We are often reminded of how white our classrooms would look if we did away with affirmative action. But imagine what Harvard would look like if instead we replaced race-based affirmative action with a strong dose of class-based affirmative action. Ninety percent of the undergraduates come from families earning more than $42,000 a year (the median household income in the U.S.) -- and some 77 percent come from families with incomes of more than $80,000, although only about 20 percent of American households have incomes that high. If the income distribution at Harvard were made to look like the income distribution of the United States, some 57 percent of the displaced students would be rich, and most of them would be white. It's no wonder that many rich white kids and their parents seem to like diversity. Race-based affirmative action, from this standpoint, is a kind of collective bribe rich people pay themselves for ignoring economic inequality. The fact (and it is a fact) that it doesn't help to be white to get into Harvard replaces the much more fundamental fact that it does help to be rich and that it's virtually essential not to be poor.

Hence the irrelevance of Harvard's recent announcement that it won't ask parents who earn less than $40,000 a year to help pay for their children's education. While this is no doubt great news to those financially pressed students who have gone to great schools, taken college-prep courses and scored well on their SAT's, it's bound to seem a little beside the point to the great majority of the poor, since what's keeping them out of elite universities is not their inability to pay the bill but their inability to qualify for admission in the first place.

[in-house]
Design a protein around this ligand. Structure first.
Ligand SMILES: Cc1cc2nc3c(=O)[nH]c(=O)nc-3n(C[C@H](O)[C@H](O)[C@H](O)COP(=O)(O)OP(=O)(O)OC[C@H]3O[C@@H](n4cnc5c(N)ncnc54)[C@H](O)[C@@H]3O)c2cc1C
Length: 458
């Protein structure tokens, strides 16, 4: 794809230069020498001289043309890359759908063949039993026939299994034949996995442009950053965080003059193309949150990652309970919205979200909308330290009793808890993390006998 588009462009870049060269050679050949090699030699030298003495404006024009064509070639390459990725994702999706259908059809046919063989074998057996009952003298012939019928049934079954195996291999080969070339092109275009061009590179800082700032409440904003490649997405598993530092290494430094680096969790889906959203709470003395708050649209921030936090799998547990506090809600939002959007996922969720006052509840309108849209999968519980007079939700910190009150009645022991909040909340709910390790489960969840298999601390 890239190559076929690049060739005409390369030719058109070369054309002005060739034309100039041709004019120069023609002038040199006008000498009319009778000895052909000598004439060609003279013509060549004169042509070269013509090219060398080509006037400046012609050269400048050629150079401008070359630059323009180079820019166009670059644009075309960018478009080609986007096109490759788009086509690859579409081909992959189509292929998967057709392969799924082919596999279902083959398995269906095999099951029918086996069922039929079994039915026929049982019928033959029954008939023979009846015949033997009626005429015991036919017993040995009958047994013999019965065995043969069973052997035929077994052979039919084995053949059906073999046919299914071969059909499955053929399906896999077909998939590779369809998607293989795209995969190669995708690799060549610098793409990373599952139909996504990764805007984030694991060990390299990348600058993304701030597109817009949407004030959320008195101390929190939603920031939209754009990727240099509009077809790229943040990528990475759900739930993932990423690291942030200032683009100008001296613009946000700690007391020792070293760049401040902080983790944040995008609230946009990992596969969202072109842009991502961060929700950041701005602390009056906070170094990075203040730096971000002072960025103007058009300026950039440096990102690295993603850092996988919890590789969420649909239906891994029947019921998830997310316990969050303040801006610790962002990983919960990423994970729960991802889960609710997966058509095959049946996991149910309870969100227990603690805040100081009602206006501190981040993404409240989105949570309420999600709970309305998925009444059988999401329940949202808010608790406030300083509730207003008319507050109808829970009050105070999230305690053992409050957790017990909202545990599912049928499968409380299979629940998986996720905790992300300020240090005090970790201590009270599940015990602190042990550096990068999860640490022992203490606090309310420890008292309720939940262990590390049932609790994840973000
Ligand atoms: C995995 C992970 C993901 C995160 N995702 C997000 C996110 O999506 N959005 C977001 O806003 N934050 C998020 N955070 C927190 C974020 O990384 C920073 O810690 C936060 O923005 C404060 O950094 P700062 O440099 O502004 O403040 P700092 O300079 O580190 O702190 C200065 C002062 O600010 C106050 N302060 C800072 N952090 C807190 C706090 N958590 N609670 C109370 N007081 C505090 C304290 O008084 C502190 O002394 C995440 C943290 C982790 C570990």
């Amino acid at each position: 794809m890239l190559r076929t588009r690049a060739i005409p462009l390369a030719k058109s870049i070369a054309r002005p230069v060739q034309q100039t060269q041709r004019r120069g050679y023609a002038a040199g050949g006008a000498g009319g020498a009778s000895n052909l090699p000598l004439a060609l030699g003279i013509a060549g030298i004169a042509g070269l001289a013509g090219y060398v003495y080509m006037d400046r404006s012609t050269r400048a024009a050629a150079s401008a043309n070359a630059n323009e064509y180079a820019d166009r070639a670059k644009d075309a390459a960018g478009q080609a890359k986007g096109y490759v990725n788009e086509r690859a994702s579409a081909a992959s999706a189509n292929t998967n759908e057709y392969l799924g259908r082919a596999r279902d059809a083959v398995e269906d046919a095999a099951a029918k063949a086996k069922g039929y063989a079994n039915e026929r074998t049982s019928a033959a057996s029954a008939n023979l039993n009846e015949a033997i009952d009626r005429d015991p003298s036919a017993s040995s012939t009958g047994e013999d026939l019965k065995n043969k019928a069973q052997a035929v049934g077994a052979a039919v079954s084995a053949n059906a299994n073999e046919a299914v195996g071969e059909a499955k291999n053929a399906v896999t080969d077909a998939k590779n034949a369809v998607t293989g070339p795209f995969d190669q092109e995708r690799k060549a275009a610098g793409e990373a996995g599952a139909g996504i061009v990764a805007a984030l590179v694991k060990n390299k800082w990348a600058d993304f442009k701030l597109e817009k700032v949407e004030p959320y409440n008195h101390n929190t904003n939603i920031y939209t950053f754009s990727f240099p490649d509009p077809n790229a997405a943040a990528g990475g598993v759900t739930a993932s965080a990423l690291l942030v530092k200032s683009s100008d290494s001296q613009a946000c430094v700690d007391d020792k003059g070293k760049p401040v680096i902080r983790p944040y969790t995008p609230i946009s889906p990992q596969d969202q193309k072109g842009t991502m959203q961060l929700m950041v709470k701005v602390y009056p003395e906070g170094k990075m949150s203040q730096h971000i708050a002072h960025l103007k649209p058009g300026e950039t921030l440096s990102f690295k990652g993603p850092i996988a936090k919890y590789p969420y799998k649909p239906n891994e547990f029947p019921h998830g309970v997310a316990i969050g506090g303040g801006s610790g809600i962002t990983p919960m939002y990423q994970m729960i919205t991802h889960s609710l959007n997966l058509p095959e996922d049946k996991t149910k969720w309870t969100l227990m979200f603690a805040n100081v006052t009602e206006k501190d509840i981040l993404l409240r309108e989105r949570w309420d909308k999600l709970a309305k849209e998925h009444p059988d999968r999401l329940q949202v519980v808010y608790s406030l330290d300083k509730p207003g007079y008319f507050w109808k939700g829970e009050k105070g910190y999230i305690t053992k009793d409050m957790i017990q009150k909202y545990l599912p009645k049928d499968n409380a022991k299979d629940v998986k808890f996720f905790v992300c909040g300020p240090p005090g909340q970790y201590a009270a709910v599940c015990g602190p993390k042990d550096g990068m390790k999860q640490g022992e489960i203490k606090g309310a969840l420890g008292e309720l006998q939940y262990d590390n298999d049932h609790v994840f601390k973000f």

In the end, we like policies like affirmative action not so much because they solve the problem of racism but because they tell us that racism is the problem we need to solve. And the reason we like the problem of racism is that solving it just requires us to give up our prejudices, whereas solving the problem of economic inequality might require something more -- it might require us to give up our money. It's not surprising that universities of the upper middle class should want their students to feel comfortable. What is surprising is that diversity should have become the hallmark of liberalism.

This, if you're on the right, is the gratifying thing about campus radicalism. When student and faculty activists struggle for cultural diversity, they are in large part battling over what skin color the rich kids should have. Diversity, like gout, is a rich people's problem. And it is also a rich people's solution. For as long as we're committed to thinking of difference as something that should be respected, we don't have to worry about it as something that should be eliminated. As long as we think that our best universities are fair if they are appropriately diverse, we don't have to worry that most people can't go to them, while others get to do so because they've had the good luck to be born into relatively wealthy families. In other words, as long as the left continues to worry about diversity, the right won't have to worry about inequality.

Walter Benn Michaels is professor of English at the University of Illinois, Chicago.